Public Animal are the Canadian quartet of Caitlin Dacey on keyboards and vocals, Erick Larock on bass, Ian Blurton on guitar and vocals, and Ryan Gassi on drums, plus Michael Blurton contributing spoken word. Habitat Animal is their debut album.
The set opens with drones, weird spaced out looped effects and spoken word narrative. Then a heavy Hammond organ, electronic oscillation and guitar solo kick in before the entire band launch into a total 70s inspired brand of ass kickin’ Hard Rock, which pretty neatly characterizes what Public Animal are about. These guys are tight as a knot with a guitar and Hammond attack that’s like a first round knockout mule kick to the head. The songs are mostly in the 3-6 minute range, and, though tightly structured, this is monster Rock ‘n’ Roll which moves and grooves and leaves plenty of room for instrumental breaks and solo fills.
The promo sheet says For fans of Deep Purple / Led Zeppelin / Black Sabbath. Surely Deep Purple and other heavy organ/guitar bands like Uriah Heep that are Prog edged Hard Rock ‘n’ Roll. But there’s often a Sabbathy stoner edge as well. I like how both Dacey and Blurton commonly sing, the effect being not so much a male/female harmony as it is a dual contribution to the shit kickin’ sum total.
Public Animal can accomplish a lot in a mere 3 minutes, as evidenced on songs like Careful, which consists of sonic attack steamroller Hard Rock played at a frantic pace and includes a head spinning array of compositional twists and turns. Ditto for the rapid fire Tinted Windows which gets a bit into space with some cool effects. Process Of Progress is a wee bit different, starting off with a lighter acoustic touch before rocking out and includes some more overtly Prog styled keys and some spaced out effects. Distant Shores is slower and more Psychedelically stoned, but less like Sabbath and more like an anthem… there’s always a sense of on-yer-feet Rock ‘n’ Roll throughout this album. And at 7 minutes the band stretch out a bit more with some ripping instrumental breaks. Wicked Ways is another longer song, and being the closing track took me completely by surprise, spending the first half in an exploratory Space-Prog drift before launching into a trademark Public Animal heavy rocking blast that at times retains the spacey theme in the form of swirling organ and trippy but lacerating guitar licks.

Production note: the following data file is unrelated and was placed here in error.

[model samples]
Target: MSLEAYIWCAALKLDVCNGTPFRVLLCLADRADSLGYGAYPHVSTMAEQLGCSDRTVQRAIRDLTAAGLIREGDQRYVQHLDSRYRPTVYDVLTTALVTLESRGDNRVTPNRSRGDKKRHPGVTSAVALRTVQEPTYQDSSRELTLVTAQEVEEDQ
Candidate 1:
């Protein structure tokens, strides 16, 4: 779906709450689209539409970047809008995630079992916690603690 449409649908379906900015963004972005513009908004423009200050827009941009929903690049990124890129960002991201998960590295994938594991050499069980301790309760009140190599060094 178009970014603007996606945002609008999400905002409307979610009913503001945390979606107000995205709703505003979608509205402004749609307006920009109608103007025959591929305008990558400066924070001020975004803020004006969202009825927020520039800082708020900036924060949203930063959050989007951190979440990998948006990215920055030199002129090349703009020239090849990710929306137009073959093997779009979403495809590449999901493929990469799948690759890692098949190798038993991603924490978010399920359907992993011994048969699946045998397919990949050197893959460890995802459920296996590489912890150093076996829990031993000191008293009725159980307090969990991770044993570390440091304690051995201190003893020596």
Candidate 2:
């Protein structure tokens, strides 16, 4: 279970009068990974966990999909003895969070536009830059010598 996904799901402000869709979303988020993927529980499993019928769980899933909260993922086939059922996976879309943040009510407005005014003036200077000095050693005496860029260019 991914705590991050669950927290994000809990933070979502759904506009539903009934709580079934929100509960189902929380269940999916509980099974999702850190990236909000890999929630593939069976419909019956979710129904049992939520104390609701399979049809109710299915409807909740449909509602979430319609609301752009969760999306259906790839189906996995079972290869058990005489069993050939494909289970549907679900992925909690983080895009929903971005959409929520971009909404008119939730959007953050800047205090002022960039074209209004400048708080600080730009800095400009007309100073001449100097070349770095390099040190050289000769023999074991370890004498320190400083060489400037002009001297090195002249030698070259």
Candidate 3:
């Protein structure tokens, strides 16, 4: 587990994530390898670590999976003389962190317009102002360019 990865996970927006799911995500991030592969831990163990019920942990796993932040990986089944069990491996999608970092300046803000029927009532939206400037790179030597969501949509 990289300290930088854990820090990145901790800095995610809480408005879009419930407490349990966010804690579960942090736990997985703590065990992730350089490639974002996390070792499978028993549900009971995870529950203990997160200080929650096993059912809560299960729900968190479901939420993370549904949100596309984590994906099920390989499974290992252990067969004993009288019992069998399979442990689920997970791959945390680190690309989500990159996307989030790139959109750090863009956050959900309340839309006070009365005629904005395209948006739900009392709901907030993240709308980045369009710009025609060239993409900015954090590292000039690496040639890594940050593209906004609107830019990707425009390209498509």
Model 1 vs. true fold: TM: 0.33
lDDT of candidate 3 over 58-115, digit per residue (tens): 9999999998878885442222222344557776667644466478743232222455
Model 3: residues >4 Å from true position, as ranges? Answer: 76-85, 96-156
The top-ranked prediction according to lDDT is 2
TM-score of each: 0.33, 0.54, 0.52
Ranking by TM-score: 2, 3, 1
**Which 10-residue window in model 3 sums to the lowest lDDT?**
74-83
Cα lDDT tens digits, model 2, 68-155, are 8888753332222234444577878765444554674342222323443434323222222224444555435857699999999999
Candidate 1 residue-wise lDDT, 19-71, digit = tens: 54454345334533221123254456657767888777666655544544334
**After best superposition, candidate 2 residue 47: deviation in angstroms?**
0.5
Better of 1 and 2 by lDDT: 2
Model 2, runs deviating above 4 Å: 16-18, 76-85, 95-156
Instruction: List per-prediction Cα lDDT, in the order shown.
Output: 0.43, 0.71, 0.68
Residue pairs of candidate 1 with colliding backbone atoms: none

In summary, this album grabbed and throttled me on the first spin. Elektrohasch is great at finding bands like this. Take the very best of 70s Hard Rock and match it with top notch musicians who are committed to kick your ass but with careful attention to composition and execution and that’s what you get with Public Animal. Very cool.
For further information visit the Electrohasch Records web site at: http://www.elektrohasch.de
Habitat Animal is the band’s debut full length but they’ve got a bunch of other songs available at: http://publicanimal.bandcamp.com
Reviewed by Jerry Kranitz